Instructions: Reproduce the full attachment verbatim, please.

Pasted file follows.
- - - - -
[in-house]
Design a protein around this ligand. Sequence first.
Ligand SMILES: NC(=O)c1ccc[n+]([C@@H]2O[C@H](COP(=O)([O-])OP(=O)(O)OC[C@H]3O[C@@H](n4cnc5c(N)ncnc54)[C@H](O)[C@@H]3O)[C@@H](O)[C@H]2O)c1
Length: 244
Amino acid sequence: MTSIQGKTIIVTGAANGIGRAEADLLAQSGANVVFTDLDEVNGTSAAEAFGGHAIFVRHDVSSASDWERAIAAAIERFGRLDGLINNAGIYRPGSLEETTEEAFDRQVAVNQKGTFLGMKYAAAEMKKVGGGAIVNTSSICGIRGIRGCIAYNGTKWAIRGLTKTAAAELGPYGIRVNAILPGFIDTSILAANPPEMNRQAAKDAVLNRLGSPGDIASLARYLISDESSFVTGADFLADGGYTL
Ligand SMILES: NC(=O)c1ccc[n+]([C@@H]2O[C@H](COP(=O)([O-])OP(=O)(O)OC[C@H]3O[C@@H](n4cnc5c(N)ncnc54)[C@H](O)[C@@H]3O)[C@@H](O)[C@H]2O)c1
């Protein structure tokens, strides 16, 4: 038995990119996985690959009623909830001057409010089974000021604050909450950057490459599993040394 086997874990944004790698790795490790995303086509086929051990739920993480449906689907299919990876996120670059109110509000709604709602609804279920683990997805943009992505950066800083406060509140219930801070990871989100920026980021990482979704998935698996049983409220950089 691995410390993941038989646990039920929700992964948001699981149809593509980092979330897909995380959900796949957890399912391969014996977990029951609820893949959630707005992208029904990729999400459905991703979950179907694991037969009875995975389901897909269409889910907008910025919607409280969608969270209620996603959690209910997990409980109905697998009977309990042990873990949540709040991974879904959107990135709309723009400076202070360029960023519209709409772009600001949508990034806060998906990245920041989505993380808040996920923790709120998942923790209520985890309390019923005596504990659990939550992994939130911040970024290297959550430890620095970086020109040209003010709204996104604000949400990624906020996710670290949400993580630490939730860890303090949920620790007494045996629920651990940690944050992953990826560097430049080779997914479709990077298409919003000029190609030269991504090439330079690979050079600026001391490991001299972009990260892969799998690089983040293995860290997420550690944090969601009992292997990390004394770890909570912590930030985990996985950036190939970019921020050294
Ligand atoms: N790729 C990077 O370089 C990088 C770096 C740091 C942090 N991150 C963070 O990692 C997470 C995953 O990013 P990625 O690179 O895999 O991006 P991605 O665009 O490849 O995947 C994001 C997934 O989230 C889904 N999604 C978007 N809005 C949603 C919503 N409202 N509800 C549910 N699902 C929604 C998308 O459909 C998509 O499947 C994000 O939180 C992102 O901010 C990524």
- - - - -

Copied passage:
[in-house]
Design a protein around this ligand. Sequence first.
Ligand SMILES: NC(=O)c1ccc[n+]([C@@H]2O[C@H](COP(=O)([O-])OP(=O)(O)OC[C@H]3O[C@@H](n4cnc5c(N)ncnc54)[C@H](O)[C@@H]3O)[C@@H](O)[C@H]2O)c1
Length: 244
Amino acid sequence: MTSIQGKTIIVTGAANGIGRAEADLLAQSGANVVFTDLDEVNGTSAAEAFGGHAIFVRHDVSSASDWERAIAAAIERFGRLDGLINNAGIYRPGSLEETTEEAFDRQVAVNQKGTFLGMKYAAAEMKKVGGGAIVNTSSICGIRGIRGCIAYNGTKWAIRGLTKTAAAELGPYGIRVNAILPGFIDTSILAANPPEMNRQAAKDAVLNRLGSPGDIASLARYLISDESSFVTGADFLADGGYTL
Ligand SMILES: NC(=O)c1ccc[n+]([C@@H]2O[C@H](COP(=O)([O-])OP(=O)(O)OC[C@H]3O[C@@H](n4cnc5c(N)ncnc54)[C@H](O)[C@@H]3O)[C@@H](O)[C@H]2O)c1
């Protein structure tokens, strides 16, 4: 038995990119996985690959009623909830001057409010089974000021604050909450950057490459599993040394 086997874990944004790698790795490790995303086509086929051990739920993480449906689907299919990876996120670059109110509000709604709602609804279920683990997805943009992505950066800083406060509140219930801070990871989100920026980021990482979704998935698996049983409220950089 691995410390993941038989646990039920929700992964948001699981149809593509980092979330897909995380959900796949957890399912391969014996977990029951609820893949959630707005992208029904990729999400459905991703979950179907694991037969009875995975389901897909269409889910907008910025919607409280969608969270209620996603959690209910997990409980109905697998009977309990042990873990949540709040991974879904959107990135709309723009400076202070360029960023519209709409772009600001949508990034806060998906990245920041989505993380808040996920923790709120998942923790209520985890309390019923005596504990659990939550992994939130911040970024290297959550430890620095970086020109040209003010709204996104604000949400990624906020996710670290949400993580630490939730860890303090949920620790007494045996629920651990940690944050992953990826560097430049080779997914479709990077298409919003000029190609030269991504090439330079690979050079600026001391490991001299972009990260892969799998690089983040293995860290997420550690944090969601009992292997990390004394770890909570912590930030985990996985950036190939970019921020050294
Ligand atoms: N790729 C990077 O370089 C990088 C770096 C740091 C942090 N991150 C963070 O990692 C997470 C995953 O990013 P990625 O690179 O895999 O991006 P991605 O665009 O490849 O995947 C994001 C997934 O989230 C889904 N999604 C978007 N809005 C949603 C919503 N409202 N509800 C549910 N699902 C929604 C998308 O459909 C998509 O499947 C994000 O939180 C992102 O901010 C990524």